Cervical Disc ReplacementTreatments
Cervical disc replacement involves removing a damaged cervical disc and replacing it with an artificial disc. The procedure is used when the space between the vertebrae in your neck narrows and bone or a cervical disc are putting pressure on your spinal cord or nerves, causing pain, numbness, and weakness that can radiate to the shoulder, arm, and hand.
Cervical artificial disc replacement is only considered when nonsurgical treatments have been tried for several weeks without sufficient relief.
If you’re experiencing debilitating neck pain and haven’t found the relief you need, Back Pain Centers of America can help. Our board-certified specialists have helped over 30,000 people find relief from spinal pain using minimally invasive procedures. Call us at 1.844.201.1308 today.
Cervical disc replacement surgery can help you get back to your regular activities by relieving your pain and numbness and restoring your range of motion. Minimally invasive cervical disc replacement can be performed on an outpatient basis and offers a quick recovery and minimal scarring because it requires only a tiny incision. Cervical disc replacement success rates are impressive, with most patients recovering completely within a few short weeks.
Conditions and Symptoms Treated
Cervical artificial disc replacement is used to treat degenerative disc disease and to treat symptoms such as:
- Neck pain
- Pain that radiates to the shoulders or arms
- Weakness of your shoulders, arms, and hands
- Numbness and tingling in your arms
How to Prepare for Cervical Disc Replacement Surgery
You will be given preparation instructions before your cervical disc replacement. You may be asked to do the following things to prepare for your surgery:
- Stop certain supplements and medications – Some supplements and medications increase the risk of bleeding. You will be told which of your medications to stop taking and for how long.
- Stop smoking – Smoking slows recovery and has been linked to neck pain. You may be asked to stop smoking for some time before and after your cervical disc replacement.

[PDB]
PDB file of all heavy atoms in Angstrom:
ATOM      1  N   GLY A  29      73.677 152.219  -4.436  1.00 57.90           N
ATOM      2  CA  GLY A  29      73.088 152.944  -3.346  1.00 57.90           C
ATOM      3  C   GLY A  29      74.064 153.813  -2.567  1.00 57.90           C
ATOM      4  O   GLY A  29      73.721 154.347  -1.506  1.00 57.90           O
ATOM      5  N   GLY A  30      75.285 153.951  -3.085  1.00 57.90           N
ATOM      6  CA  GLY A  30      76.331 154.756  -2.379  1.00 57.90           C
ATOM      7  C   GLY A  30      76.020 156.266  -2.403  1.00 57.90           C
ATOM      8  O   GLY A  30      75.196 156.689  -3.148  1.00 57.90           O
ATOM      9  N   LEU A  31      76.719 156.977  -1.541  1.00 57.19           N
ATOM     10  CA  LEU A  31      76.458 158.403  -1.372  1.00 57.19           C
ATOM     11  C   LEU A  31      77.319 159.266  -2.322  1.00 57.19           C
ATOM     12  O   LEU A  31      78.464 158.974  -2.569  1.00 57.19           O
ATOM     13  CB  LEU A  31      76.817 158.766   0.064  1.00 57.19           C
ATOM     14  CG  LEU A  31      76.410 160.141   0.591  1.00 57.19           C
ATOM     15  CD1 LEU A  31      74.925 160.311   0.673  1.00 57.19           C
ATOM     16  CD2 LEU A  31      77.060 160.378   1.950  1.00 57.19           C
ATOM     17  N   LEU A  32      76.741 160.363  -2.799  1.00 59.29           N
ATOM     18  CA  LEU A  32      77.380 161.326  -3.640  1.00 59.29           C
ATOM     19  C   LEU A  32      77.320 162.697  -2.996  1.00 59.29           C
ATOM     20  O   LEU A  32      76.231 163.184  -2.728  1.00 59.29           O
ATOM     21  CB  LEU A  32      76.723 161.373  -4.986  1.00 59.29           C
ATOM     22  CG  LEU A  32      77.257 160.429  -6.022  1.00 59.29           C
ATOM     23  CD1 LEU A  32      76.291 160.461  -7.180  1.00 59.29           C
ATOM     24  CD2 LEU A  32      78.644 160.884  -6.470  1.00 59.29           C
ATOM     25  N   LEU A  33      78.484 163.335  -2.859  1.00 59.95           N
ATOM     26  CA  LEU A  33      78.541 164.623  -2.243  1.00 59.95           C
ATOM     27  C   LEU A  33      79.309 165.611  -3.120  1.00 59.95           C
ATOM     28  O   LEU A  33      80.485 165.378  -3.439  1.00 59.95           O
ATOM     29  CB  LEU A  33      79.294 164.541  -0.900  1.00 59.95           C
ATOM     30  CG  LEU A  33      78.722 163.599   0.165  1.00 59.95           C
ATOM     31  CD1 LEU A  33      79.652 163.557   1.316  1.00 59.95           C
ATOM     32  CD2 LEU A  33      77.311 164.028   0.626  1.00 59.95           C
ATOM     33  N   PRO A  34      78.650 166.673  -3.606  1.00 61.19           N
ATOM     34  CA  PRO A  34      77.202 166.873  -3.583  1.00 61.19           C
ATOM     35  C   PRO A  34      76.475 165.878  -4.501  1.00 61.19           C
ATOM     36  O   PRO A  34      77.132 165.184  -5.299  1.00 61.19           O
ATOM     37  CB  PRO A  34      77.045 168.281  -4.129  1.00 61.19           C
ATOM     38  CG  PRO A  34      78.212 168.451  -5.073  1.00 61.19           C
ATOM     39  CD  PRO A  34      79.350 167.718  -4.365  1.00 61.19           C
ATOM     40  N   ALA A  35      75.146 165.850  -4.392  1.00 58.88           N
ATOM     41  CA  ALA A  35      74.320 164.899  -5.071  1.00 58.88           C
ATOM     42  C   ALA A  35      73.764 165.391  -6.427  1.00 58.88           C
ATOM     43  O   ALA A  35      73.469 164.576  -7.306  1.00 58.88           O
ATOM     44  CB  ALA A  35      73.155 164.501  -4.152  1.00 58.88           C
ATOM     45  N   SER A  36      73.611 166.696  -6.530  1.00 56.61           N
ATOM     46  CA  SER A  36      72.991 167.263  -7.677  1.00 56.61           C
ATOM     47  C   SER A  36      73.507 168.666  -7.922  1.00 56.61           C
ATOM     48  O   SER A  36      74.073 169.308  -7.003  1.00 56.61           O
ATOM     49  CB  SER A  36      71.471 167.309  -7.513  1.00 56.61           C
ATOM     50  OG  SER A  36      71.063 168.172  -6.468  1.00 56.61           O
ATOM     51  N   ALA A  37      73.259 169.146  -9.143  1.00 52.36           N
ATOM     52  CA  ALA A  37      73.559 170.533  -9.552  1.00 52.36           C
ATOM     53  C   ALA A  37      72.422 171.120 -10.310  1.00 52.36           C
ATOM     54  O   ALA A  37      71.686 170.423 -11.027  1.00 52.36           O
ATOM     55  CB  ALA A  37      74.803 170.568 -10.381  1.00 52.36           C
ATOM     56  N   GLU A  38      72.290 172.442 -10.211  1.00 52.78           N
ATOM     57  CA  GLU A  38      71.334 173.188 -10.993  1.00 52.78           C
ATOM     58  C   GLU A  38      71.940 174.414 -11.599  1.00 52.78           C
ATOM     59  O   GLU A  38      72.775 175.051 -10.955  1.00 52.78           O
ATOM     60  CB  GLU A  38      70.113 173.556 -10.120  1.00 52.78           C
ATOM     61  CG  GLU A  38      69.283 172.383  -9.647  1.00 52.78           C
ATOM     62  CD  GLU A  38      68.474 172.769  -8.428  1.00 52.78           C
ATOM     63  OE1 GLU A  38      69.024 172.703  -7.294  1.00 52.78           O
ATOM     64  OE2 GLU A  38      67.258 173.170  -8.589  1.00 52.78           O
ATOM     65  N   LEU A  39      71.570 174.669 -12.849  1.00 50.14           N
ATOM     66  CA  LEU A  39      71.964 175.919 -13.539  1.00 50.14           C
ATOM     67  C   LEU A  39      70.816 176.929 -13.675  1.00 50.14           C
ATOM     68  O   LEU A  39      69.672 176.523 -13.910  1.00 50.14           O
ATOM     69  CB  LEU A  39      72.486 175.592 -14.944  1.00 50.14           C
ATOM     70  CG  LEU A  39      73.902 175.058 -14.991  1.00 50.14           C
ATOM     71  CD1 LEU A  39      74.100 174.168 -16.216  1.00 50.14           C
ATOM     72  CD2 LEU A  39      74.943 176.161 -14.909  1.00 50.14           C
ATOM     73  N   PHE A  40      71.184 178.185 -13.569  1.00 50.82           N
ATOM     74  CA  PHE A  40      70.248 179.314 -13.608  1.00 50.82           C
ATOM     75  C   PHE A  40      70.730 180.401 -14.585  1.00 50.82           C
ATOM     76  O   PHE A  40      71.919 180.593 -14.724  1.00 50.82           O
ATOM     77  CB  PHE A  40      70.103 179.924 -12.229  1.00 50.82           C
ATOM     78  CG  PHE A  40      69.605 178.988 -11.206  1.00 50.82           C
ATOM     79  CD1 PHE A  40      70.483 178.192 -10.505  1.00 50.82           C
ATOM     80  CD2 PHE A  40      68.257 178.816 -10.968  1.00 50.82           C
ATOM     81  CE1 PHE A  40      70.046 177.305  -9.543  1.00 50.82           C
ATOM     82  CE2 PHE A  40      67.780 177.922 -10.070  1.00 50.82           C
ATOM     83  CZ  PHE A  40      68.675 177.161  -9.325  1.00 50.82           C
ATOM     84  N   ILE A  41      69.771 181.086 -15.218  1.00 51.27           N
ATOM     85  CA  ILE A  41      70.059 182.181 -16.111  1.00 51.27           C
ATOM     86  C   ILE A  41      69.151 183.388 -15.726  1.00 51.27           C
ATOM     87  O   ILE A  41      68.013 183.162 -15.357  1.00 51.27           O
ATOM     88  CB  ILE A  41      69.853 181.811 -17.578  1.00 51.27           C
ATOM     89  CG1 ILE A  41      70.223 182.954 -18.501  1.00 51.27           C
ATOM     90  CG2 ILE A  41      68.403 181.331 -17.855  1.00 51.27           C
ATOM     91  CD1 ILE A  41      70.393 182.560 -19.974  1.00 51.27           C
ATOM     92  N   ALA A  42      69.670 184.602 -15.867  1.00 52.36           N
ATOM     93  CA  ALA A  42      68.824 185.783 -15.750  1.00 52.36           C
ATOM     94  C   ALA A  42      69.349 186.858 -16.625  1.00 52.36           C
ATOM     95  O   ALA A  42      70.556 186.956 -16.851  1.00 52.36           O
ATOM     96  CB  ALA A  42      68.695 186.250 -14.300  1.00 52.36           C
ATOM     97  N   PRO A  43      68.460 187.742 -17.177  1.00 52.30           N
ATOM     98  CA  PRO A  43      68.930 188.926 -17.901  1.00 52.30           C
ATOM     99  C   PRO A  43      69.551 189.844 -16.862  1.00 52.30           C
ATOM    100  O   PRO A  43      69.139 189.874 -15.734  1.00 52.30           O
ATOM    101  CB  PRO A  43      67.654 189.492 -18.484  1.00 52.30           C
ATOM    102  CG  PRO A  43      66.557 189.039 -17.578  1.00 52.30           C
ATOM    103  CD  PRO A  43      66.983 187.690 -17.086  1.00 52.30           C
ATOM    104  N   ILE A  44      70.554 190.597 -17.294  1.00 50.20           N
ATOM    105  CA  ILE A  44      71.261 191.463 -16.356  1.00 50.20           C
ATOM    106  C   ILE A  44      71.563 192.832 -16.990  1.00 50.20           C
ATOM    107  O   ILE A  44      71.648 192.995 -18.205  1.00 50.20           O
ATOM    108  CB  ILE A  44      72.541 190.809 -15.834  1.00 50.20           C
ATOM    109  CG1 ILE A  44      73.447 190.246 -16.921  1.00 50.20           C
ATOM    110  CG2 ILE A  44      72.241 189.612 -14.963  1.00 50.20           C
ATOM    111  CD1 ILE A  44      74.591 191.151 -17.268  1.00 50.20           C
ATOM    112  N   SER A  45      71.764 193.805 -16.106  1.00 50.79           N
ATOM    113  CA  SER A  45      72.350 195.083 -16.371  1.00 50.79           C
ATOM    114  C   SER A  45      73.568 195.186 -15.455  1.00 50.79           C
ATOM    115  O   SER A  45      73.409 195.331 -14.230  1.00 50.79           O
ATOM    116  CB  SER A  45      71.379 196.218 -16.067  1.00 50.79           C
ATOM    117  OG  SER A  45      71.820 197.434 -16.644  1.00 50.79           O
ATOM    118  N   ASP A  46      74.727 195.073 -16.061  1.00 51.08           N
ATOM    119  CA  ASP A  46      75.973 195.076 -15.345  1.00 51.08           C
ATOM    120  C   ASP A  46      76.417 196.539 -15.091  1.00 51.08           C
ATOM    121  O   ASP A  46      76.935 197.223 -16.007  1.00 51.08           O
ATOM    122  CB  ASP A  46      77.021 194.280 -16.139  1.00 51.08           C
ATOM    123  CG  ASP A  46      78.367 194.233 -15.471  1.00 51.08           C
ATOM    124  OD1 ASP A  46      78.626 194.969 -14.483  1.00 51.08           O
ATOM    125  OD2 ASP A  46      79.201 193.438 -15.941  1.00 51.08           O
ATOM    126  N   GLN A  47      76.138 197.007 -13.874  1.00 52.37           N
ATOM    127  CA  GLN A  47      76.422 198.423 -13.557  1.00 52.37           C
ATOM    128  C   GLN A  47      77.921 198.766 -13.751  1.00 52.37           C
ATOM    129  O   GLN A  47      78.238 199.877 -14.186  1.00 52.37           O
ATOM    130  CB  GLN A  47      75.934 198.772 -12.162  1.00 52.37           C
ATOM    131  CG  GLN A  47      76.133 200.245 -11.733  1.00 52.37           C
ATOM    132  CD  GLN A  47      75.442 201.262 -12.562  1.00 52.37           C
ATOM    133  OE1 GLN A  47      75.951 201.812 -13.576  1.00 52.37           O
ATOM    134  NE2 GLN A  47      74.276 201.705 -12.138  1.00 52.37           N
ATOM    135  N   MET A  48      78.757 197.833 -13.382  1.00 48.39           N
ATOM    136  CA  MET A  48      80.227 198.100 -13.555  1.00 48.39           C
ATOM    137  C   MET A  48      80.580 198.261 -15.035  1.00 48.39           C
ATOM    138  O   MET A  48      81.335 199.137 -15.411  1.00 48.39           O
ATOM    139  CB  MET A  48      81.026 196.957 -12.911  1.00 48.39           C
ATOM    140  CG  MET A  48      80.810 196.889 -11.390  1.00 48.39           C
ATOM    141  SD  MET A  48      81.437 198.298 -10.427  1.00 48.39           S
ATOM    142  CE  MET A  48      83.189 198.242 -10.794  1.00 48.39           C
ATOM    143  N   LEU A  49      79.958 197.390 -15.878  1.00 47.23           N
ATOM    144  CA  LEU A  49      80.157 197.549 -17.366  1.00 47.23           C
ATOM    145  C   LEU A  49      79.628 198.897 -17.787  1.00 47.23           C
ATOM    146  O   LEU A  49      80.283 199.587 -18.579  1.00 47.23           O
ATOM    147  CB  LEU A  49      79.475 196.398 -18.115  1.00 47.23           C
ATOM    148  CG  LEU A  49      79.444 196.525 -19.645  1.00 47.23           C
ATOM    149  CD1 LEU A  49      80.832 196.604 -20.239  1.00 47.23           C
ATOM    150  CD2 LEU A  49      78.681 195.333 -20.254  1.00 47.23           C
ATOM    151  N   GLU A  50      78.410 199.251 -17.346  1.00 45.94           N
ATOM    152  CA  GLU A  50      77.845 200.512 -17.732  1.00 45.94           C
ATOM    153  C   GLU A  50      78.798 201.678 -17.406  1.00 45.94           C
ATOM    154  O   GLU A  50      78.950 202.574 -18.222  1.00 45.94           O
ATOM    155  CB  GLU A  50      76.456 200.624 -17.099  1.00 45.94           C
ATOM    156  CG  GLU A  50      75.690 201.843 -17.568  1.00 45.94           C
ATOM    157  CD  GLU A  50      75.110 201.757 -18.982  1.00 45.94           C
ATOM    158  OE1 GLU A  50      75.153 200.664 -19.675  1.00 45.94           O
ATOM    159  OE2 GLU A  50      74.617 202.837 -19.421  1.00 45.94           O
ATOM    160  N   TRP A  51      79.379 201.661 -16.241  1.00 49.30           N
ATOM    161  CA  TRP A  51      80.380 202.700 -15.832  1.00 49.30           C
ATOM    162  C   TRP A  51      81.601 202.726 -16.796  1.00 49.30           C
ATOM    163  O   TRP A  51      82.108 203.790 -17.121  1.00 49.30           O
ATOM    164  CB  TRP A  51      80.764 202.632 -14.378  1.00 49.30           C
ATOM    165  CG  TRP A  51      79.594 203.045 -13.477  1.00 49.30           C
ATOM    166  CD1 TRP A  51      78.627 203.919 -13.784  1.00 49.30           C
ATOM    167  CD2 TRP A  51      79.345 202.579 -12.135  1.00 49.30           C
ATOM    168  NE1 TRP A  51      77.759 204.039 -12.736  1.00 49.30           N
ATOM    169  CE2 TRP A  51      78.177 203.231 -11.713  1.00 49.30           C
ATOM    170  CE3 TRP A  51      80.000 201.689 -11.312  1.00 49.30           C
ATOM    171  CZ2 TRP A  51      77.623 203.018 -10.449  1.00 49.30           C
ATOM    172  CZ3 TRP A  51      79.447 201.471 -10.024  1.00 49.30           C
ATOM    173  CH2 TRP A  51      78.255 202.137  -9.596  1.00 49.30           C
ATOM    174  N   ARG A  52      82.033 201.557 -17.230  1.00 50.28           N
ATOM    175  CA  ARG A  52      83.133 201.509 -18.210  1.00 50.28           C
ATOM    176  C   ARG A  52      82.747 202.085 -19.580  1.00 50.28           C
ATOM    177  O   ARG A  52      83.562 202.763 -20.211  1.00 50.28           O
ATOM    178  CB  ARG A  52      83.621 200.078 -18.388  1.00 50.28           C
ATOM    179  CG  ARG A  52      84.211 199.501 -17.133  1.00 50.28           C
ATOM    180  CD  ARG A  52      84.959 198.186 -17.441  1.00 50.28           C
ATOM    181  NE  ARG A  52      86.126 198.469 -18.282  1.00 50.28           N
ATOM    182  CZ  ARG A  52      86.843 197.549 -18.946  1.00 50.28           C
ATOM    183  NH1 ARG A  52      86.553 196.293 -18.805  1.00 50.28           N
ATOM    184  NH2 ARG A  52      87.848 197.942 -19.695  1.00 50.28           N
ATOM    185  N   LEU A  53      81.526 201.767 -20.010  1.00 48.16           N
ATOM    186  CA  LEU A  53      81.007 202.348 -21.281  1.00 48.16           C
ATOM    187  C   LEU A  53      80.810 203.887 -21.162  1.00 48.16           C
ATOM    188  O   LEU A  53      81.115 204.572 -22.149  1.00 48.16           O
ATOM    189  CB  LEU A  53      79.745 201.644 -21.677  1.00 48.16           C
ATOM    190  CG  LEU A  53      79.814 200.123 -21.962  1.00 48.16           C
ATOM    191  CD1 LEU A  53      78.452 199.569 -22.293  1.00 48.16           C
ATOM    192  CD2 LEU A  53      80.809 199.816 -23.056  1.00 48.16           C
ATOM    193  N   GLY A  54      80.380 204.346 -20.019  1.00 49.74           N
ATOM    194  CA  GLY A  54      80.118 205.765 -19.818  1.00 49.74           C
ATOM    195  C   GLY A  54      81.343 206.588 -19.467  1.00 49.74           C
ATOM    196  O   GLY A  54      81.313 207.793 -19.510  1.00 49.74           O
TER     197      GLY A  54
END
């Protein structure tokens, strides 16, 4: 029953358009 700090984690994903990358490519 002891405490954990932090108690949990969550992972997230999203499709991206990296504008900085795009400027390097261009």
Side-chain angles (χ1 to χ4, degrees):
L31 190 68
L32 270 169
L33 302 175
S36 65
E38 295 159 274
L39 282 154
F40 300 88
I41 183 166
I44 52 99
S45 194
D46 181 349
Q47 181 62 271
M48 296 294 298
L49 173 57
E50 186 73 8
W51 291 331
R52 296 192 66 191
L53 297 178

- Fast for 6 to 12 hours – You will be told exactly how many hours to avoid food and drink before your procedure.
- Arrange a ride home – You cannot drive after back surgery and will be required to arrange for a drop-off and pick-up before your procedure.
It is important to follow your preparation instructions. Failing to do so can result in the postponement of your procedure.
Cervical disc replacement is performed through a small incision on the neck measuring approximately 1 inch. The damaged disc is removed and any bone spurs are smoothed away using a special instrument. The artificial disc is then placed in the empty space and anchored in place and the incision closed and covered with dressing. A soft collar may be put on your neck to help support your neck and you will be moved to a recovery room to be monitored for a couple of hours.
Most patients can return to most of their regular activities within 4 to 6 weeks. You will be advised as to when you can get back to certain activities. Depending on the nature of your job, you may be able to return to work within a week or two after your surgery.
Pain medication will be given to help manage any discomfort after the procedure. You may be told to wear a neck collar for a week or two. Physical therapy is often recommended after spine surgery to help you regain your range of motion and flexibility.
If you are tired of missing out on the things that really matter because of your chronic neck pain, give us a call at 1.844.201.1308 and let Back Pain Centers of America help you get back to your active life today.
Here you can create the content that will be used within the module.
Did you know?
over 87 million people suffer
from back pain
- Anterior Cervical Discectomy Fusion
- Bone Fragment Removal
- Cervical Disc Replacement
- Cervical Spine Surgery
- Decompression Pars Defect
- Exploration of Spinal Fusion
- Facet Thermal Ablation (Rhizolysis)
- Laser Spine Surgery
- Laminectomy & Laminotomy
- Lateral Lumbar Interbody Fusion
- Lumbar Spine Surgery
- Minimally Invasive Decompression Surgery
- Minimally Invasive Surgery
- Minimally Invasive Stabilization
- Non-Surgical Procedures
- Pain Management
- Posterior Cervical Fusion
- Resection of Osteophytes
- SI Joint Fusion
- Spinal Hardware Removal
- Surgical Procedures
- Regenerative Medicine
- Thoracic Spine Surgery
- Transforaminal Lumbar Interbody Fusion